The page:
Riding the rails can be a satisfying experience, particularly in California where the distances between destinations sometimes run into the hundreds of miles. You can save money on gas and parking, avoid freeway traffic, and see some of the best the state has to offer.
The best trip is on the luxuriously appointed Coast Starlight, a long-distance train with sleeping cars that runs between Seattle and Los Angeles, passing some of California's most beautiful coastline as it hugs the beach. For the best surfside viewing, get a seat or a room on the left side of the train and ride south to north from San Diego to Oakland.
Amtrak has frequent Pacific Surfliner service between San Diego and Los Angeles, and San Diego and Santa Barbara. These are coach cars, but many of the trains have been upgraded and are comfortable and convenient, especially if you want to get off and on the train at several destinations—Anaheim near Disneyland, downtown Los Angeles, coastal Ventura and Santa Barbara, San Luis Obispo, and Oakland (just a BART ride to San Francisco).
Head for the Hills
Things are looking up for visitors to California's alpine recreation areas, thanks to a host of enhancements. Yosemite National Park observed its 120th birthday in late 2011 with some new ways to see the park. Yosemite Guide Service offers guided day hikes, customized driving tours, and backpacking trips. You can also take Yosemite Audio Adventures CD tours with you as you explore the park.
It's Easy Being Green
The Golden State is glowing green all over. It's the only state in the nation to mandate green building codes for all new construction to reduce greenhouse emissions. Santa Barbara's car-free program can save you up to 50% on lodging, meals, and, of course, transportation. Palm Desert is also pushing green, not only in sustainable construction but also in encouraging use of golf carts for local transportation.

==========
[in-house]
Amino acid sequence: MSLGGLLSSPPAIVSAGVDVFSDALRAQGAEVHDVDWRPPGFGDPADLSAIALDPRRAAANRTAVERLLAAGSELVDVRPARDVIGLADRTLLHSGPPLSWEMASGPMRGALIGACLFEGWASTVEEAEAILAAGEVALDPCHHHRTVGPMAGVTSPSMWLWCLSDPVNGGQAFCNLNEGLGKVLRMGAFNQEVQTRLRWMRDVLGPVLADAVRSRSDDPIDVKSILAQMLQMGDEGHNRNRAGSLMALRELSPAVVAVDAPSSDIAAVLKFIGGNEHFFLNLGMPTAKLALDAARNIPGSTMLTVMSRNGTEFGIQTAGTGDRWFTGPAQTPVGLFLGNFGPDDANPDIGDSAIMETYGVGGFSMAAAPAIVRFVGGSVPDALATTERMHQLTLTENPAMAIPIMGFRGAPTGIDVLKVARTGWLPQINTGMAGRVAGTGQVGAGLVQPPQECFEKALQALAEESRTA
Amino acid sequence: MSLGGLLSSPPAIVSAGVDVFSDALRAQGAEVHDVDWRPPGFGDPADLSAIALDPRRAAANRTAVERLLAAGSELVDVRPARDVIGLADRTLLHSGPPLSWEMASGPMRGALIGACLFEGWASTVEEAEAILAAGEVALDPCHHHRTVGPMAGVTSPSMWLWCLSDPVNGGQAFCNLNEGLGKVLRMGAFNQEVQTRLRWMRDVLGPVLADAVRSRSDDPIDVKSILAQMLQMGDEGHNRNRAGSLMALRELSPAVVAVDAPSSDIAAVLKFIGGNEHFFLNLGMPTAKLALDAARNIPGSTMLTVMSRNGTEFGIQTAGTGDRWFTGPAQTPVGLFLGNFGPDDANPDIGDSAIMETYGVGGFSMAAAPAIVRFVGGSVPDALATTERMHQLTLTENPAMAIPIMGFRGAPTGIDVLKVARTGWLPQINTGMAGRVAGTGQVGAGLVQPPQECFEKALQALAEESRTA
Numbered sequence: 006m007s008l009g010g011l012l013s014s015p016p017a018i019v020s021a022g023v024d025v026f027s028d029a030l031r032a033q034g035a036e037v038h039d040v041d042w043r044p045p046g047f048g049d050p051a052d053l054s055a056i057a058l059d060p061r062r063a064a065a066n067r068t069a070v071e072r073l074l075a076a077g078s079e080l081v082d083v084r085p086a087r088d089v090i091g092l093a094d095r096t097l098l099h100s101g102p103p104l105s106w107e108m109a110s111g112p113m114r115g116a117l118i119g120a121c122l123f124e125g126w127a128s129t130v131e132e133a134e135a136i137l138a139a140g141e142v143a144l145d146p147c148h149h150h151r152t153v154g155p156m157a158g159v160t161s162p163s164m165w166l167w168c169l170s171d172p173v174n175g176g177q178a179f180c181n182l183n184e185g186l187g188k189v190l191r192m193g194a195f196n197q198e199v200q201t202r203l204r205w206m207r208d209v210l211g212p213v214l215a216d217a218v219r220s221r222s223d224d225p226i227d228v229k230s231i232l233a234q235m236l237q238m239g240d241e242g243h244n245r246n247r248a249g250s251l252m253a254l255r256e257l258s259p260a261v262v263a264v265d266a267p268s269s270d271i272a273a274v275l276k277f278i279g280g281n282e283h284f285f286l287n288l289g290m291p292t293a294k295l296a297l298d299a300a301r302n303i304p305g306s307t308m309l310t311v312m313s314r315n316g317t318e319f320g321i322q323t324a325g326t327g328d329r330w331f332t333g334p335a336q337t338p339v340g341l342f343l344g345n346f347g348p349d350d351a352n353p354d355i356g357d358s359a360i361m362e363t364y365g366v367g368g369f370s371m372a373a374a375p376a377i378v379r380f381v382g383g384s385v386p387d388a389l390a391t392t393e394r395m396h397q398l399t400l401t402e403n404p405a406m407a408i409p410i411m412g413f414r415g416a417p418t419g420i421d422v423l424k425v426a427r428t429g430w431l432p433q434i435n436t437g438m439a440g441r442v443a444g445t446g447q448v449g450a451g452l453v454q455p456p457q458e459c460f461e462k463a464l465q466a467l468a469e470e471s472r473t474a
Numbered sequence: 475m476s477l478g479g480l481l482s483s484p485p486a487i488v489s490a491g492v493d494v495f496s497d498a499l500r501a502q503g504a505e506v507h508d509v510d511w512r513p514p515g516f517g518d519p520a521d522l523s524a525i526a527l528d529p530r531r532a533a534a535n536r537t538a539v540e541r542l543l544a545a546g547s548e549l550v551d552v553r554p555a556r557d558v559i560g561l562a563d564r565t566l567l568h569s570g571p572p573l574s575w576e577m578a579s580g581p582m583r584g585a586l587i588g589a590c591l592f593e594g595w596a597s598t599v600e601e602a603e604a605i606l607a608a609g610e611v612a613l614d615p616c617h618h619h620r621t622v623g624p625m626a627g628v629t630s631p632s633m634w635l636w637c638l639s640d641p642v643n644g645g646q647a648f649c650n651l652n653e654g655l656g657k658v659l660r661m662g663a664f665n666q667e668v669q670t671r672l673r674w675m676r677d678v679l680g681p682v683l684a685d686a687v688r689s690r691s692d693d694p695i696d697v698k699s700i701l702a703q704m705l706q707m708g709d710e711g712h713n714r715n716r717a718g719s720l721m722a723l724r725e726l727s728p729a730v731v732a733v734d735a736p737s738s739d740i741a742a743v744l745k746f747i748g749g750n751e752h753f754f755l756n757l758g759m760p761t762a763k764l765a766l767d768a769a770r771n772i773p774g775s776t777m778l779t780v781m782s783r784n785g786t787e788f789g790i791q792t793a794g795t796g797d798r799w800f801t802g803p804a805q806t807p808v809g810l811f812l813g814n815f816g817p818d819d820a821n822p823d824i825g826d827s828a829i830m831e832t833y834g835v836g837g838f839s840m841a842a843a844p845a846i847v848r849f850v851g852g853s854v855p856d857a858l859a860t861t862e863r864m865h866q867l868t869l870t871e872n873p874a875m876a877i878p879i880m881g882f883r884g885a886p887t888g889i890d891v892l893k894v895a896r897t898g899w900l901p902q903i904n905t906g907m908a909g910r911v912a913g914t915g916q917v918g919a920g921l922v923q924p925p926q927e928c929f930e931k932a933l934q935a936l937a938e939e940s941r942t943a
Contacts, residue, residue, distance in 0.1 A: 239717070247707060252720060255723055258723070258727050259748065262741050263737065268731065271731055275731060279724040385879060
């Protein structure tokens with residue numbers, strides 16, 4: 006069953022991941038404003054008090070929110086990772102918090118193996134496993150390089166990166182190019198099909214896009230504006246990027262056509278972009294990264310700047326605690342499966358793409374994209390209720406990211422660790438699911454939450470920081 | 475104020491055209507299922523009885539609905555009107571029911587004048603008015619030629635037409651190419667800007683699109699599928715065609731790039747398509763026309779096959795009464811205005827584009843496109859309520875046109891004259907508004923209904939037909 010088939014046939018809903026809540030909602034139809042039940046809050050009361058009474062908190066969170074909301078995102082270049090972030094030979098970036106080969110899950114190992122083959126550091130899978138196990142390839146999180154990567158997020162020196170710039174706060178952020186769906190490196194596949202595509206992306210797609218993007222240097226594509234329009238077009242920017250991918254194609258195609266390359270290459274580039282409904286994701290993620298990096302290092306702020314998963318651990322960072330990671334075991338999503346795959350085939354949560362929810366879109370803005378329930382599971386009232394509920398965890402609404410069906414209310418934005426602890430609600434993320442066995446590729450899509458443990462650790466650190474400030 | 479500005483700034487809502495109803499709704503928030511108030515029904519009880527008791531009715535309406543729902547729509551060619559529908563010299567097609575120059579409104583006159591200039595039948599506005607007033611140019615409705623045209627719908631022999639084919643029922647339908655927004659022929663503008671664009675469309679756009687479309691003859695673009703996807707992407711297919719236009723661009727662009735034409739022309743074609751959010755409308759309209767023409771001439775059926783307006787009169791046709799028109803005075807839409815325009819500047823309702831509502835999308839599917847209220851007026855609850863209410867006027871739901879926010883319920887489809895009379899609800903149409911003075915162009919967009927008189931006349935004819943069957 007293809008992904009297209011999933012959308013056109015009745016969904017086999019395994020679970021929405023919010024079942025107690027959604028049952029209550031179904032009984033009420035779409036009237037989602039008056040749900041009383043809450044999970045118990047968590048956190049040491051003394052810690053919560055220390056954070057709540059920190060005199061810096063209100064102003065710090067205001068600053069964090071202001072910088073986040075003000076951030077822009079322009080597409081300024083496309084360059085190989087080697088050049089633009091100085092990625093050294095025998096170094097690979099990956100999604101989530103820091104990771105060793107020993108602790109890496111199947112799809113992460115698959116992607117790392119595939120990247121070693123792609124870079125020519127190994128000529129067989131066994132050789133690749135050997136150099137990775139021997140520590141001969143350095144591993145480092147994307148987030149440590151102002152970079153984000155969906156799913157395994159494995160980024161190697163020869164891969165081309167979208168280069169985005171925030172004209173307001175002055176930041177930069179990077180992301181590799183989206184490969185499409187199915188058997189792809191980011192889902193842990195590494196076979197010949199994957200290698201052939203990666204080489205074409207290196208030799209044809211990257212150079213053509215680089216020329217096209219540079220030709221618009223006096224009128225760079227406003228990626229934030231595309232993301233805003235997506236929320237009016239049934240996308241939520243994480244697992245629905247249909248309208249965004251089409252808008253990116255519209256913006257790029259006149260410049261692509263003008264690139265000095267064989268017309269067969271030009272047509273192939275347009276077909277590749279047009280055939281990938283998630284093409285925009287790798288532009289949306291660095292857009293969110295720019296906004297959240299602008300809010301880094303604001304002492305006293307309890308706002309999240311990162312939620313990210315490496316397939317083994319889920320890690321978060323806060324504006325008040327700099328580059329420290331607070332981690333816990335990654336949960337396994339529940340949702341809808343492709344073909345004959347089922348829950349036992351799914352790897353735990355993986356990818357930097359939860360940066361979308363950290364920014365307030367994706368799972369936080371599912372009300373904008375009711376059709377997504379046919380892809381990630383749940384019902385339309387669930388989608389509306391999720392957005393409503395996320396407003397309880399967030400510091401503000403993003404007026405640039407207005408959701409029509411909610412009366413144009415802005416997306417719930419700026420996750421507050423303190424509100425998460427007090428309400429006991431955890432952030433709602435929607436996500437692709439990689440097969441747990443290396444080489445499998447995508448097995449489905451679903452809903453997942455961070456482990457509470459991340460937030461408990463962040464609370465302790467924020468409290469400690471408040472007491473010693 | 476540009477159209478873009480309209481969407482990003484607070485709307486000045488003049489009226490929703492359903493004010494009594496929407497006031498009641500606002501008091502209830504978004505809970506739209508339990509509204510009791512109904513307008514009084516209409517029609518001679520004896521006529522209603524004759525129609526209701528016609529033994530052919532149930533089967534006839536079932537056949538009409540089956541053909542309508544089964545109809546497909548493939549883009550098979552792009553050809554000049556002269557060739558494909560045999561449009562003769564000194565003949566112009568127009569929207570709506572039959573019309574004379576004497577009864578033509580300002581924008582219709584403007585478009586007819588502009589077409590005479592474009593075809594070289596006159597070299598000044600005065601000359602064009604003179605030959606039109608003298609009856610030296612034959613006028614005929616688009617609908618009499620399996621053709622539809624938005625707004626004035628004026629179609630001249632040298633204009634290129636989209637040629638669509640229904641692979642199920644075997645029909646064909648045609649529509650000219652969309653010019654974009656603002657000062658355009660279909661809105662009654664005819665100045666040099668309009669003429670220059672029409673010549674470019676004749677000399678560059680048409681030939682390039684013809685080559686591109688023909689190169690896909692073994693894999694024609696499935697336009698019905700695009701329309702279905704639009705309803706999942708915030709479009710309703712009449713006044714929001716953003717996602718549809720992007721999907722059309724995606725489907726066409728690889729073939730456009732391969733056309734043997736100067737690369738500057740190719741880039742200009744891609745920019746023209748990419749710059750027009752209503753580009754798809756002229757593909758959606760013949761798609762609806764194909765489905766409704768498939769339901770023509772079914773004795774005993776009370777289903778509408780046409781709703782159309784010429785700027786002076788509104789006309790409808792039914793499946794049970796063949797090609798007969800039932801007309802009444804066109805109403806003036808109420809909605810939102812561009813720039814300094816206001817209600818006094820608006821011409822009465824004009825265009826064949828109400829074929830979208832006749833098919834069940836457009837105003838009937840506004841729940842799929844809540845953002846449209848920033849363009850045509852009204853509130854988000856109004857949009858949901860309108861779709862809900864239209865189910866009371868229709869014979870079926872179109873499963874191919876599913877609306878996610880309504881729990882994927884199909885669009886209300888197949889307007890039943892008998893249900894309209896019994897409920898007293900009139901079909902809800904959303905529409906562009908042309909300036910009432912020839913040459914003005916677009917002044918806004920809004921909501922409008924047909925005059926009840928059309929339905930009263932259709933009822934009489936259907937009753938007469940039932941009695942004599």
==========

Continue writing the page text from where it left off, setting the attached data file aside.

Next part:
Agritourism in California isn't new (remember, Knott's Berry Farm once was a berry farm), but it is on the rise, with farm tours and agricultural festivals sprouting up everywhere.
Wine country is a particularly fertile area—spurred by the success of vineyards, the area's lavender growers and olive-oil producers have started welcoming visitors. Sonoma Farm Trail Tours include walking the land and a farm-driven dinner with paired wines.
In the Central Valley, America's number-one producer of stone fruit, you can travel themed tourist routes (like Fresno County's Blossom Trail) and tour herb gardens, fruit orchards, organic dairies, and pumpkin patches.
In Southern California, public gardens bloom abundantly year-round.
State of the Arts
California's beauty-obsessed citizens aren't the only ones opting for a fresh look these days: its esteemed art museums are also having a bit of work done.
Following a trend set by the de Young Museum in San Francisco and the Getty Villa in L.A., Long Beach's Museum of Latin American Art doubled its exhibition space. Meanwhile, San Jose's Institute of Contemporary Art and the Museum of Contemporary Art in San Diego (MCASD Downtown) have both expanded into new digs. And the Palm Springs Museum of Art has morphed into a world-class showcase for contemporary work. The L.A. County Museum of Art keeps expanding its Wilshire Boulevard campus; the latest addition is the Renzo Piano-designed Resnick Pavilion, which will hold special exhibits.